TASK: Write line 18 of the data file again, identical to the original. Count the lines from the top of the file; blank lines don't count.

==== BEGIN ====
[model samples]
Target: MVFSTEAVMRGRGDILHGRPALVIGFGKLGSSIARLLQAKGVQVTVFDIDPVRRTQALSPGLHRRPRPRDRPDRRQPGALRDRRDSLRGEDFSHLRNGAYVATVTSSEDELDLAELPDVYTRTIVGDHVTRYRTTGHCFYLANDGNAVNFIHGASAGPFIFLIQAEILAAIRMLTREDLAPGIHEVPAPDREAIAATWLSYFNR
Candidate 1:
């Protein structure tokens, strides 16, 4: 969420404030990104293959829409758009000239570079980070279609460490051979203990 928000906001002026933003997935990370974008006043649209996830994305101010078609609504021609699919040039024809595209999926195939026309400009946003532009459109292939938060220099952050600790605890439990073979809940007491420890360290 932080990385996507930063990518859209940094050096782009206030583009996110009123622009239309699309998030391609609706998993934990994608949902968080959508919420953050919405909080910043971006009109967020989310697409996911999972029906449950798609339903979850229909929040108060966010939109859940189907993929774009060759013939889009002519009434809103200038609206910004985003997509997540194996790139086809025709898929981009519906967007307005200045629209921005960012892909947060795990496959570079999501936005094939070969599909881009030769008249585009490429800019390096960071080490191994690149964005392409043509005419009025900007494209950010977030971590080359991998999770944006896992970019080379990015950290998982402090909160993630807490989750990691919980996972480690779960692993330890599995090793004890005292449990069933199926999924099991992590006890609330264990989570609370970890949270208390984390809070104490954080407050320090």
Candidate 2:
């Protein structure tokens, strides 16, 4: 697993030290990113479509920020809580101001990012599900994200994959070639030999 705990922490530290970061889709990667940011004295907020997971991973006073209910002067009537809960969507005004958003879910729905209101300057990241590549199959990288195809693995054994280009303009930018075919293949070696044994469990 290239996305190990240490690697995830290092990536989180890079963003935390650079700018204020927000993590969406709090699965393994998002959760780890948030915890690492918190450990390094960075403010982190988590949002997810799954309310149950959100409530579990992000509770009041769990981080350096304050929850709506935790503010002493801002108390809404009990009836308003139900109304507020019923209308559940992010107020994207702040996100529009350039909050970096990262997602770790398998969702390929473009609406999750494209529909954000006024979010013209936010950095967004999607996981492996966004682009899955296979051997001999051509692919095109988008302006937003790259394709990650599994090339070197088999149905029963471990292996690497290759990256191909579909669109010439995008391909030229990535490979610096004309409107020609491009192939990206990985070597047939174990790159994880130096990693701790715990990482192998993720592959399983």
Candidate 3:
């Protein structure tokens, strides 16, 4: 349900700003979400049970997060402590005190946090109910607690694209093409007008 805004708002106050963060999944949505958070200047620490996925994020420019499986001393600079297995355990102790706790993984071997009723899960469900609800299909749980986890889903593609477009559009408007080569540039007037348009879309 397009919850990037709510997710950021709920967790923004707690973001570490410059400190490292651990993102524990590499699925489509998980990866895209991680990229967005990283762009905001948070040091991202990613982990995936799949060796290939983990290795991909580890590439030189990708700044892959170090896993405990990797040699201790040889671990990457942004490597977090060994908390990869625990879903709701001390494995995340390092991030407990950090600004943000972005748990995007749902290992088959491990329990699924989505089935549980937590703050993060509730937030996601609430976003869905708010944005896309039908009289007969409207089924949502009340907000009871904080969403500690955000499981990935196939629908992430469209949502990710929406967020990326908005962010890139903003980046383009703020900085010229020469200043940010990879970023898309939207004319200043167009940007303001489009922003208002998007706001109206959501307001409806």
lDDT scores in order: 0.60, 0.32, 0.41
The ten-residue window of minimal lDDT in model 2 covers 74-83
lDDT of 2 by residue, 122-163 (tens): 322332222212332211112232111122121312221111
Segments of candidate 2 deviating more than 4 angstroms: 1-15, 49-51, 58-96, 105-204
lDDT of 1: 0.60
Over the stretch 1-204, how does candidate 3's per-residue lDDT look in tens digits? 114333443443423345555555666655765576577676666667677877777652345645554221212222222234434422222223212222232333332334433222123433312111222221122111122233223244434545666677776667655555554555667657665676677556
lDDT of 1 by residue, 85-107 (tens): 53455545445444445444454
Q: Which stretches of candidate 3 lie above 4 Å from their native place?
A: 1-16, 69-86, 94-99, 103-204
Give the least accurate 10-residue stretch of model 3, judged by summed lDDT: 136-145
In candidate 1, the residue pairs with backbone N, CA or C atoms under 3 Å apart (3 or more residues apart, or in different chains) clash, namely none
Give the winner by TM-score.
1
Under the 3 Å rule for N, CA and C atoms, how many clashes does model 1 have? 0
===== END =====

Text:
Give the least accurate 10-residue stretch of model 3, judged by summed lDDT: 136-145